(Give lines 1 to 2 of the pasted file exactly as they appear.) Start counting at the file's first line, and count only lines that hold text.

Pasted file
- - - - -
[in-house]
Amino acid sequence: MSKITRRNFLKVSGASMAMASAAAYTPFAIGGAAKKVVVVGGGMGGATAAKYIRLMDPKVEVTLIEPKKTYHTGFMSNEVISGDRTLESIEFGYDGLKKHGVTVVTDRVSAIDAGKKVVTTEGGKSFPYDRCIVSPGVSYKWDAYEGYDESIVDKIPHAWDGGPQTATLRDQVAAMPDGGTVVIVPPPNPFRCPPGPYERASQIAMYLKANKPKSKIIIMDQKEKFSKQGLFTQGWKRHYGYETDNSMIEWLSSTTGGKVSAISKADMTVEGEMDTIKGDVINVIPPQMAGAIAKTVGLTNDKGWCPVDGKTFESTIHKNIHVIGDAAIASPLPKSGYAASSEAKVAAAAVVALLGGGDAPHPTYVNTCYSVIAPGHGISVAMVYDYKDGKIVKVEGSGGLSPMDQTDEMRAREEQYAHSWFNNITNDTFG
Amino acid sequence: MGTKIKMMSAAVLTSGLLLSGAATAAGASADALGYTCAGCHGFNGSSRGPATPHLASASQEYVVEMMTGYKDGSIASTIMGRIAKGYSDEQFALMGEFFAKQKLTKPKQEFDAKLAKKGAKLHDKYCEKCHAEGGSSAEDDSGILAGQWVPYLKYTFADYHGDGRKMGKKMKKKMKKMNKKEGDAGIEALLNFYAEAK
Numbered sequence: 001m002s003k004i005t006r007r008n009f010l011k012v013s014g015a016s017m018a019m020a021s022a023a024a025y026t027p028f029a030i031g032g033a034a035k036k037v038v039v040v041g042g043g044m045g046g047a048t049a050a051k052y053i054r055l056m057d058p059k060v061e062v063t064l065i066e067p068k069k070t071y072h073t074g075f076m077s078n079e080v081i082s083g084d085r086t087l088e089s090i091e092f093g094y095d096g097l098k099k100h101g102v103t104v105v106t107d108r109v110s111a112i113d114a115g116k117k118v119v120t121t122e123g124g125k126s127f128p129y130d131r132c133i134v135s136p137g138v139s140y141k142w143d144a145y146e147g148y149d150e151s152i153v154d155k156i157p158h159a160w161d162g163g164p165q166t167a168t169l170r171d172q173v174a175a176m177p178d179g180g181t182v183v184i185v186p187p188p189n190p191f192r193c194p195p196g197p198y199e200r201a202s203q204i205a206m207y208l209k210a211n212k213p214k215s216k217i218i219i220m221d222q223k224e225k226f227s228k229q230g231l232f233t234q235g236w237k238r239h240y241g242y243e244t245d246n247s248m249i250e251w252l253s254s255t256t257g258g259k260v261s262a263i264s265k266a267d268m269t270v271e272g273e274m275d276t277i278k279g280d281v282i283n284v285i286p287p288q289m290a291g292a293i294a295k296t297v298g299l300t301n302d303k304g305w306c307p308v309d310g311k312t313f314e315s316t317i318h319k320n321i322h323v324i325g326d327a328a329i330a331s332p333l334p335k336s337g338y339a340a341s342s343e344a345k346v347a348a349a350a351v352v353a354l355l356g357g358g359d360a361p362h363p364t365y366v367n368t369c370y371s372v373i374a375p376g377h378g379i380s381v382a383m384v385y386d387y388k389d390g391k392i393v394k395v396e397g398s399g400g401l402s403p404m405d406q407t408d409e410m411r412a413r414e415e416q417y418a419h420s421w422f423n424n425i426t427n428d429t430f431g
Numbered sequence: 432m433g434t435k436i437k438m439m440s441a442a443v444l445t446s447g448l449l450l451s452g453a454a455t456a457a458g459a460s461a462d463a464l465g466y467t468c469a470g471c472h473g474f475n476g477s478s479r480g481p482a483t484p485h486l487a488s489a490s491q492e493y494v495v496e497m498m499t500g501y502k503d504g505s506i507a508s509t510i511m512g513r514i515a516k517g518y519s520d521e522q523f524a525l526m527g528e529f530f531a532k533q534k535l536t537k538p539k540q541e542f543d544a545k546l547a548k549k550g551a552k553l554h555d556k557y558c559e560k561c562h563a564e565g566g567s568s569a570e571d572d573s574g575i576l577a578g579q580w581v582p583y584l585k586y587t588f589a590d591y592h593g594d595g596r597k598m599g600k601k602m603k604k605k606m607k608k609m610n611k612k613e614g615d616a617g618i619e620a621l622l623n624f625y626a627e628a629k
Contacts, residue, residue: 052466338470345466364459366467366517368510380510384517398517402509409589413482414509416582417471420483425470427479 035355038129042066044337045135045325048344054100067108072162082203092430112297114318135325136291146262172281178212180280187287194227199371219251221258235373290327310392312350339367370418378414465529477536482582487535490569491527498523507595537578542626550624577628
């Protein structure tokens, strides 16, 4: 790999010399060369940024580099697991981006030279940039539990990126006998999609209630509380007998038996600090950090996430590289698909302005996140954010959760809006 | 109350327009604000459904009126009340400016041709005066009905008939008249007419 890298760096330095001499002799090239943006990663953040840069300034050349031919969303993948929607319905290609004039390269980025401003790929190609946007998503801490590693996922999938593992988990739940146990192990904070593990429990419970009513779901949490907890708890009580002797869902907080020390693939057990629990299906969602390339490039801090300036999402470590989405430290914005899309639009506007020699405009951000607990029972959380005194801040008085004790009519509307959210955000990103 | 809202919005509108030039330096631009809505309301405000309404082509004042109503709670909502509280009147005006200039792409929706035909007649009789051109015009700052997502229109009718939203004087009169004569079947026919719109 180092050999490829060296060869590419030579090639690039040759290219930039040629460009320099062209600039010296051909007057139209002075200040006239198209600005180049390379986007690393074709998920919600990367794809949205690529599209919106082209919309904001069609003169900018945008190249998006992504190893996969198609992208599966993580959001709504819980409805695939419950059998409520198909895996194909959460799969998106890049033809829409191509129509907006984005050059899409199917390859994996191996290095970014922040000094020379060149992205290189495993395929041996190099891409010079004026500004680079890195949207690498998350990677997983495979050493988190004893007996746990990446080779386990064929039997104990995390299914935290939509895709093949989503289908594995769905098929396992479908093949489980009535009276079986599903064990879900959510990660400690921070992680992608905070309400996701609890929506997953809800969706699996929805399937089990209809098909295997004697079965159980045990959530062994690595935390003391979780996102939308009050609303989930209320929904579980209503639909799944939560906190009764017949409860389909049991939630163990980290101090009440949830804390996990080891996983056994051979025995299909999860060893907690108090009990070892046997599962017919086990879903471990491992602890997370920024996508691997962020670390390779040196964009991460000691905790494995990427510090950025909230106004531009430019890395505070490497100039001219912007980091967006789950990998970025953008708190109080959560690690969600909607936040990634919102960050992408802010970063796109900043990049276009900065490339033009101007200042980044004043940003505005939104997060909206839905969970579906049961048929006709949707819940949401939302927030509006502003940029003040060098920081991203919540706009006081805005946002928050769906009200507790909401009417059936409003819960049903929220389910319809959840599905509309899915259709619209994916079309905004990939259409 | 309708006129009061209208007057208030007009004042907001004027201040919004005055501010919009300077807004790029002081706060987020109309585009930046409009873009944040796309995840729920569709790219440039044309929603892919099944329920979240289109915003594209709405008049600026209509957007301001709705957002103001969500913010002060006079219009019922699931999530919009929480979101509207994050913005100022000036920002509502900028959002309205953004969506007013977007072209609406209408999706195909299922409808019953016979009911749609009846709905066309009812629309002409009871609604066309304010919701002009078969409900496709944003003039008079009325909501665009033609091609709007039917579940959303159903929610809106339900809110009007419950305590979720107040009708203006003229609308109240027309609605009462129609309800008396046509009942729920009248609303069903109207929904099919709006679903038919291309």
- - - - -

[in-house]
Amino acid sequence: MSKITRRNFLKVSGASMAMASAAAYTPFAIGGAAKKVVVVGGGMGGATAAKYIRLMDPKVEVTLIEPKKTYHTGFMSNEVISGDRTLESIEFGYDGLKKHGVTVVTDRVSAIDAGKKVVTTEGGKSFPYDRCIVSPGVSYKWDAYEGYDESIVDKIPHAWDGGPQTATLRDQVAAMPDGGTVVIVPPPNPFRCPPGPYERASQIAMYLKANKPKSKIIIMDQKEKFSKQGLFTQGWKRHYGYETDNSMIEWLSSTTGGKVSAISKADMTVEGEMDTIKGDVINVIPPQMAGAIAKTVGLTNDKGWCPVDGKTFESTIHKNIHVIGDAAIASPLPKSGYAASSEAKVAAAAVVALLGGGDAPHPTYVNTCYSVIAPGHGISVAMVYDYKDGKIVKVEGSGGLSPMDQTDEMRAREEQYAHSWFNNITNDTFG